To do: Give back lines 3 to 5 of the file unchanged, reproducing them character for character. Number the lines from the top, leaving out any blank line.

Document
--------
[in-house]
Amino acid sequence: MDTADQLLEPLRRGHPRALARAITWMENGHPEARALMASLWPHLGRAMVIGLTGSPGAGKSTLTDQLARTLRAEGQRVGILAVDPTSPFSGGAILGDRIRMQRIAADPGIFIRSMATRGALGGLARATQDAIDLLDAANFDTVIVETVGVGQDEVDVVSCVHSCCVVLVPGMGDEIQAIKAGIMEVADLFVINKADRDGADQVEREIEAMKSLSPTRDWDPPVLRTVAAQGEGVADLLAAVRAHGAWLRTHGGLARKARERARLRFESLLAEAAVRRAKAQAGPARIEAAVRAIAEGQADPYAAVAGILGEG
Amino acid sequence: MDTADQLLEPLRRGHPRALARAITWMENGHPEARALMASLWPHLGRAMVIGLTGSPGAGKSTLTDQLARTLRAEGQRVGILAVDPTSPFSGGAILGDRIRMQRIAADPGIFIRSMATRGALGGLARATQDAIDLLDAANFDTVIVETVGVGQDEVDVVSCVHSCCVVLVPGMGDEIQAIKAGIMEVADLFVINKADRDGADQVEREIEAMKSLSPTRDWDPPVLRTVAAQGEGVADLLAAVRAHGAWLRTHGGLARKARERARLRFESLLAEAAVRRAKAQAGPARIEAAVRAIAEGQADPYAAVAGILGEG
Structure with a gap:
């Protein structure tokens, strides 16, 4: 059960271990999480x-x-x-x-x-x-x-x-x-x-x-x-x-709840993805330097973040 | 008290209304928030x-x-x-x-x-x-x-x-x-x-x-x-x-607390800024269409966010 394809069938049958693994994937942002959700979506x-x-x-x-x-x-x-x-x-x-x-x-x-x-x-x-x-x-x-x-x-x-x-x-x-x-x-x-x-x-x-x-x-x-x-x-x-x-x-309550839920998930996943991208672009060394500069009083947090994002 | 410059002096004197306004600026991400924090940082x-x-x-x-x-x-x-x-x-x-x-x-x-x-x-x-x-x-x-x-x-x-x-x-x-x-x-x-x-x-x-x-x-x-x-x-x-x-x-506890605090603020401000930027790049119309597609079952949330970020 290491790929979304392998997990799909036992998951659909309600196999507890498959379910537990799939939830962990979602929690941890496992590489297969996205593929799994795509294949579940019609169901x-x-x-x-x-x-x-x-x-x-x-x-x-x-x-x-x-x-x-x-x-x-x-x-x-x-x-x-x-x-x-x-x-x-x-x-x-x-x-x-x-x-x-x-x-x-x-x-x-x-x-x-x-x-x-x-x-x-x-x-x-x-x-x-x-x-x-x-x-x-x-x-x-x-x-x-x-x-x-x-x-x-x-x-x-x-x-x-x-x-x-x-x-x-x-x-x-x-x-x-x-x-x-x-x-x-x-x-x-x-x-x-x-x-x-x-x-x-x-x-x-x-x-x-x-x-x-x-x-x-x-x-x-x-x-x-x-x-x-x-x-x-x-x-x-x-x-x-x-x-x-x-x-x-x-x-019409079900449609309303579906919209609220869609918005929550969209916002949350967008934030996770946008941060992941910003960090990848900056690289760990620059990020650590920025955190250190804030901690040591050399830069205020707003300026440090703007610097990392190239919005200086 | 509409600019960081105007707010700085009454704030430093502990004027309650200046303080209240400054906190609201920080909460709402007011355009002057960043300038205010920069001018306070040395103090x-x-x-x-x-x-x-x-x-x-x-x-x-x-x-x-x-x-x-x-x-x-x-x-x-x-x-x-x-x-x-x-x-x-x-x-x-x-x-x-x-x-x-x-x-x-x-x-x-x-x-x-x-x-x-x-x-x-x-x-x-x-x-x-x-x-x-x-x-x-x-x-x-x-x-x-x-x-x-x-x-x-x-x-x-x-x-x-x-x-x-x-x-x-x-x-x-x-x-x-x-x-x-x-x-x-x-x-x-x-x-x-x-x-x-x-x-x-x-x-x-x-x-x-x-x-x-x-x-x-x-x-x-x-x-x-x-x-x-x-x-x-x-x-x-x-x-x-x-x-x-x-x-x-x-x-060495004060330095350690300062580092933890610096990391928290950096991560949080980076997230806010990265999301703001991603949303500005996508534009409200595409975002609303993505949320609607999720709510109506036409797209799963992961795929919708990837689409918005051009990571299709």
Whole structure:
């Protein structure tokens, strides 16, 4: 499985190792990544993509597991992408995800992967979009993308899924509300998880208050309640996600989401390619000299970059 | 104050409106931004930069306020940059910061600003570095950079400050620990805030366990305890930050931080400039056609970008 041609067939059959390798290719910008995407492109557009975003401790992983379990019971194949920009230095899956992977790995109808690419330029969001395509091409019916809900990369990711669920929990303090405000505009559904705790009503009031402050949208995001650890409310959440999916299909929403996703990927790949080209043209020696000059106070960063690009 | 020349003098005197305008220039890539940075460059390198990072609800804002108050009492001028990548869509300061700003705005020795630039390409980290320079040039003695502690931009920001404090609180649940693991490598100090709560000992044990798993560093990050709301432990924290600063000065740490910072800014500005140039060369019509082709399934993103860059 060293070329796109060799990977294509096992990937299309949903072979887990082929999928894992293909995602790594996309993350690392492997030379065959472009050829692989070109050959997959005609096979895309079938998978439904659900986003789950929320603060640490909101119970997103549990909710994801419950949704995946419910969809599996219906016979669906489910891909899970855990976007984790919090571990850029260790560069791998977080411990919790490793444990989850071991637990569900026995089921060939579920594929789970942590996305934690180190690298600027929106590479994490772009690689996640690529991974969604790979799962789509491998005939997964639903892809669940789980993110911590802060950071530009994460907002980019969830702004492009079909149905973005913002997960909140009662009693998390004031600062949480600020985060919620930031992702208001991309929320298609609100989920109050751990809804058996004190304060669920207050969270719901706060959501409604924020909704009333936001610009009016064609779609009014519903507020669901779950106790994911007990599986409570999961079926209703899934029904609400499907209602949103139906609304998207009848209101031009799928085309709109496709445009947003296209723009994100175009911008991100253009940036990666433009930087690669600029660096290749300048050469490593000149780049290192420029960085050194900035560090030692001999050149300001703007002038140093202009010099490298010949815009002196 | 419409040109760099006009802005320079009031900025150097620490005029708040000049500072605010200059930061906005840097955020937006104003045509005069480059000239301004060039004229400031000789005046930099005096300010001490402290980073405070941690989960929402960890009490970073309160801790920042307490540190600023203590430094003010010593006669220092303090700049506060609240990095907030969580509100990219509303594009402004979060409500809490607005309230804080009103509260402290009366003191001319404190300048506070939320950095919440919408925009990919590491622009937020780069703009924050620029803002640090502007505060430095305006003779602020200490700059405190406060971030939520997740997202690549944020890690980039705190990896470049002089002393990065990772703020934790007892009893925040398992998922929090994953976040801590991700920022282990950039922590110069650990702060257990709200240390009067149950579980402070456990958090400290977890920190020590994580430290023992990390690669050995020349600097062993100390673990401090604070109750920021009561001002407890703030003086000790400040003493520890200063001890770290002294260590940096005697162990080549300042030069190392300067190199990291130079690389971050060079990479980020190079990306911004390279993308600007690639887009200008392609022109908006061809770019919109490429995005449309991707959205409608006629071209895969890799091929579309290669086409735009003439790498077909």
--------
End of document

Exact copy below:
Amino acid sequence: MDTADQLLEPLRRGHPRALARAITWMENGHPEARALMASLWPHLGRAMVIGLTGSPGAGKSTLTDQLARTLRAEGQRVGILAVDPTSPFSGGAILGDRIRMQRIAADPGIFIRSMATRGALGGLARATQDAIDLLDAANFDTVIVETVGVGQDEVDVVSCVHSCCVVLVPGMGDEIQAIKAGIMEVADLFVINKADRDGADQVEREIEAMKSLSPTRDWDPPVLRTVAAQGEGVADLLAAVRAHGAWLRTHGGLARKARERARLRFESLLAEAAVRRAKAQAGPARIEAAVRAIAEGQADPYAAVAGILGEG
Structure with a gap:
């Protein structure tokens, strides 16, 4: 059960271990999480x-x-x-x-x-x-x-x-x-x-x-x-x-709840993805330097973040 | 008290209304928030x-x-x-x-x-x-x-x-x-x-x-x-x-607390800024269409966010 394809069938049958693994994937942002959700979506x-x-x-x-x-x-x-x-x-x-x-x-x-x-x-x-x-x-x-x-x-x-x-x-x-x-x-x-x-x-x-x-x-x-x-x-x-x-x-309550839920998930996943991208672009060394500069009083947090994002 | 410059002096004197306004600026991400924090940082x-x-x-x-x-x-x-x-x-x-x-x-x-x-x-x-x-x-x-x-x-x-x-x-x-x-x-x-x-x-x-x-x-x-x-x-x-x-x-506890605090603020401000930027790049119309597609079952949330970020 290491790929979304392998997990799909036992998951659909309600196999507890498959379910537990799939939830962990979602929690941890496992590489297969996205593929799994795509294949579940019609169901x-x-x-x-x-x-x-x-x-x-x-x-x-x-x-x-x-x-x-x-x-x-x-x-x-x-x-x-x-x-x-x-x-x-x-x-x-x-x-x-x-x-x-x-x-x-x-x-x-x-x-x-x-x-x-x-x-x-x-x-x-x-x-x-x-x-x-x-x-x-x-x-x-x-x-x-x-x-x-x-x-x-x-x-x-x-x-x-x-x-x-x-x-x-x-x-x-x-x-x-x-x-x-x-x-x-x-x-x-x-x-x-x-x-x-x-x-x-x-x-x-x-x-x-x-x-x-x-x-x-x-x-x-x-x-x-x-x-x-x-x-x-x-x-x-x-x-x-x-x-x-x-x-x-x-x-019409079900449609309303579906919209609220869609918005929550969209916002949350967008934030996770946008941060992941910003960090990848900056690289760990620059990020650590920025955190250190804030901690040591050399830069205020707003300026440090703007610097990392190239919005200086 | 509409600019960081105007707010700085009454704030430093502990004027309650200046303080209240400054906190609201920080909460709402007011355009002057960043300038205010920069001018306070040395103090x-x-x-x-x-x-x-x-x-x-x-x-x-x-x-x-x-x-x-x-x-x-x-x-x-x-x-x-x-x-x-x-x-x-x-x-x-x-x-x-x-x-x-x-x-x-x-x-x-x-x-x-x-x-x-x-x-x-x-x-x-x-x-x-x-x-x-x-x-x-x-x-x-x-x-x-x-x-x-x-x-x-x-x-x-x-x-x-x-x-x-x-x-x-x-x-x-x-x-x-x-x-x-x-x-x-x-x-x-x-x-x-x-x-x-x-x-x-x-x-x-x-x-x-x-x-x-x-x-x-x-x-x-x-x-x-x-x-x-x-x-x-x-x-x-x-x-x-x-x-x-x-x-x-x-x-060495004060330095350690300062580092933890610096990391928290950096991560949080980076997230806010990265999301703001991603949303500005996508534009409200595409975002609303993505949320609607999720709510109506036409797209799963992961795929919708990837689409918005051009990571299709």